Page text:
Example 2: The use of the evaluation utilities of this project

In order to test the evaluation procedures, programs and worksheets developed for this project topocentric positions of Sun (αSS) and Venus (αVV) during the coming transit have been calculated by means of horizons. Additionally, the corresponding geocentric positions have calculated. From these values the relative positions of Venus on the Sun's disc (x',y') have been derived with the following equations:

x' = -(αVS)cosδSS, y' = (δVS)/ρS

where ρS is the angular radius of the Sun. In history it was crucial (and it will be essential for the success of these projects, too!) to get as many measurements as possible from sites as far as possible from each other. As the pictures on the project homepage show Alaska and Australia are the optimal locations for measuring the distance to the Sun: Therefore, we have chosen Sydney (φ=33.862°S, λ=151.205° E) and Anchorage (φ=61.167°N, λ=149.983°W) as hypothetical observation sites.

Sheets with position data and line fit

The theoretical positions have have to be copied (via "insert content" → "values" in order to keep the cells format unchanged) into colums F, G and C the Excel sheet tableofVenuspositions in the project's stuff. After having clicked the green button the linear fit will be calculated automatically and the corresponding parameters will be displayed in cells F15-I15. Attention: The line fit can be calculated only when macros have been enabled!

For further evaluations the geographical coordinates of the observation site must be filled into line 4 before saving the complete worksheet in ".xls"-format and "line" as tab-seperated text file. The results are contained in

The table with the geocentric data has been ubloades via our data exchange page.

Combining single pairs of position data

For deriving the Astronomical Unit on the basis of two simultaneous positions following the procedure described in extenso in an additional paper and in the other example we offer two possibilities:

  1. the little program calcparallax. When the (pre-adjusted) data of the Sun on transit day and the geographical positions of Sydney and Anchorage (pre-adjusted, too) are input the program repeats asking for times und rectangular coordinates of Venus. For 1.45 UT it displays:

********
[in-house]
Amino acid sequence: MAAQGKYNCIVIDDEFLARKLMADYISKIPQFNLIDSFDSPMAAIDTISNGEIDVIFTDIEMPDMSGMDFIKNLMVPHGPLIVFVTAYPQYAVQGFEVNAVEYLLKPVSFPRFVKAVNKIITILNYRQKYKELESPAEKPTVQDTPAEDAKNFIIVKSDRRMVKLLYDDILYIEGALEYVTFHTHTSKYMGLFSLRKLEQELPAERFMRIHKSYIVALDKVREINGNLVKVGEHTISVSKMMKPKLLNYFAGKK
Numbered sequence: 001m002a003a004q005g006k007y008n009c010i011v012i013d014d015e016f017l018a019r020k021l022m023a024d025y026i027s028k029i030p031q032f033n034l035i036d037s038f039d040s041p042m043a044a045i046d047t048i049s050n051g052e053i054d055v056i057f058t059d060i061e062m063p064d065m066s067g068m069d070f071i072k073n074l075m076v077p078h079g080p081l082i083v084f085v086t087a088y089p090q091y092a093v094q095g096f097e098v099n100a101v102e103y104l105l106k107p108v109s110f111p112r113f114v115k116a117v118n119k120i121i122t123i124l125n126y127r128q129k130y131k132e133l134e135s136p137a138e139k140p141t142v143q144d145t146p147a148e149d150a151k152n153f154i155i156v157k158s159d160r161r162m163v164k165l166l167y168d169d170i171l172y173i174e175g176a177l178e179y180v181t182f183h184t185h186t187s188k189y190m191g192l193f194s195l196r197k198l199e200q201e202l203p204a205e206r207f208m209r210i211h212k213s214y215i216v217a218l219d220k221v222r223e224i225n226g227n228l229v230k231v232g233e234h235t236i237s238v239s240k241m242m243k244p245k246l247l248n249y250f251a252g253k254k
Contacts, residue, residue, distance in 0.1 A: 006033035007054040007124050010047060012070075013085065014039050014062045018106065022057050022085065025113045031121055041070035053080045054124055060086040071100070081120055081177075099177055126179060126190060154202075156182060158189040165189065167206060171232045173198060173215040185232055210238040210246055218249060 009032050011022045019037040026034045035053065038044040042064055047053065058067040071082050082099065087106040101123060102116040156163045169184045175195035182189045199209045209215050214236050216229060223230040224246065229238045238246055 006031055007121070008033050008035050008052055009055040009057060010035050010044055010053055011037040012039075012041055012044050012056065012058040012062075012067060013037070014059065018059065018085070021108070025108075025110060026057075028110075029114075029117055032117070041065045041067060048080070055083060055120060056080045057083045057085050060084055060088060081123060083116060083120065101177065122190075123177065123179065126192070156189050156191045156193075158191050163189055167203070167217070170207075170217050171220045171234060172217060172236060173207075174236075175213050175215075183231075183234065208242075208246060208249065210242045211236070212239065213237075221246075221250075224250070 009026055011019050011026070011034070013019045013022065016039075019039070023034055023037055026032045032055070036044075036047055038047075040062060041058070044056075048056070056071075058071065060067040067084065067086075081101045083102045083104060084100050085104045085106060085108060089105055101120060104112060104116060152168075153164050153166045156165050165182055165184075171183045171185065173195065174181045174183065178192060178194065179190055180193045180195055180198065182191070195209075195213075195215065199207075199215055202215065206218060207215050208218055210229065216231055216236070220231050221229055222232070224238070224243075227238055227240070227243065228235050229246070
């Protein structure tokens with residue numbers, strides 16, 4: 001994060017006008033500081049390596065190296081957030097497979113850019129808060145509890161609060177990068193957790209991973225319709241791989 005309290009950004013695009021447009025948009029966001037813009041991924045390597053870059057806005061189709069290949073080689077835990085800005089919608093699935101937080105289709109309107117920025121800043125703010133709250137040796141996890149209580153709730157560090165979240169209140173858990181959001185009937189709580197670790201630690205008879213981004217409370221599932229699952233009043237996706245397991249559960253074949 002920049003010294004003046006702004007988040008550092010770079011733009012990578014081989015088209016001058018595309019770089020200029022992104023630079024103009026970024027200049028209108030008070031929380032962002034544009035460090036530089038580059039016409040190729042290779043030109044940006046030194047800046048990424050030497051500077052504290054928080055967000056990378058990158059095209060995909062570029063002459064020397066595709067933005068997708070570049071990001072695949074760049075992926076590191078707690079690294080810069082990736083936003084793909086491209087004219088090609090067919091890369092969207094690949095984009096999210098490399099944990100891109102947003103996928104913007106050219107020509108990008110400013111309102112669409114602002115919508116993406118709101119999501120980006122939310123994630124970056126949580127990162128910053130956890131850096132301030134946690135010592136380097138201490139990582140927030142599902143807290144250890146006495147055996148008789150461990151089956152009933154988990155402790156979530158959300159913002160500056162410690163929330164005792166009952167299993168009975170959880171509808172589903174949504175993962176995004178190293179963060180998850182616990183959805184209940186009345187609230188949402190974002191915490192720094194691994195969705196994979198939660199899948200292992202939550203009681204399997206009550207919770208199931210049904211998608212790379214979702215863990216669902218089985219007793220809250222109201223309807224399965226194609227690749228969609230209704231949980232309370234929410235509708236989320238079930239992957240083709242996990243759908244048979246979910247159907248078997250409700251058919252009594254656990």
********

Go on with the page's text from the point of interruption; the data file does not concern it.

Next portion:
Parallactic displacement beta :34.8"
    Linear distance of the two observes Delta :1.60 RE
    Projected distance Delta*sin(w) :1.60 RE
    Parallax of the Sun piS :8.8"
    1 Astronomical Unit (AU) :23461 RE

    That means: The angular distance between both observed positions is β=34.8". Because the straight line connecting Sydney and Anchorage is nearly perpendicular to the direction to the Sun the projection doesn't diminish it: The Sun "sees" the full distance. As seen from the Sun the Earth's radius covers an angle of πS=8.8". And the Astronomical Unit (that is the mean, not the actual distance between Earth and Sun) is 23461 times as large as the radius of the Earth.

    That is a nearly perfect result! Because of the theoretical input data this is a proof for the used algorithm.

  2. If you input the same data into the sheet "Measurements" of comp2Venuspositions it will display (nearly) the same results for the solar parallax and the Astronomical Unit. In comp2SydneyAnchorage.xls this has been done for you.

    This sheet has been constructed for filling in the results which have the project partners uploaded via the data exchange page. If you download these results and open that file with a worksheet program the data can be copied into comp2Venuspositions.xls (via ) you can select arbitrary pairs of simultaeneous (Δt<=5min) measurements and look for the resulting value of the solar parallax.

Combining series of position data

For combining complete sets of position data measured at the same sites the program comptransitpos has been developed. The text versions of the above mentioned position tables from Sydney and Anchorage serve as input files for this program. As described in the other example it first displays position data in a graphic which additionally contains some fit results, for instance the extrapolated contact times.

Sydney Anchorage

But the main goal of this program is to derive the best possible measure for the solar parallax from the data.

Results of combining the theoretical Sydney and Anchorage data
In the case of the theoretical values evaluated here the advantage of the use of statistics doesn't become clear because all combinations of single pairs yields similar perfect results. With real measurements, however, this method causes better results and higher reliability (see the 2004 example). Therefore:

You should not expect similar exact results by analysing real data of this project! The above perfect result is due to not only the theoretical calculation of the positions but also caused by the long baseline Anchorage-Sydney and by the long time intervall of common data.

Editors: Udo Backhaus
 last update: 22.04.2012
Stephan Breil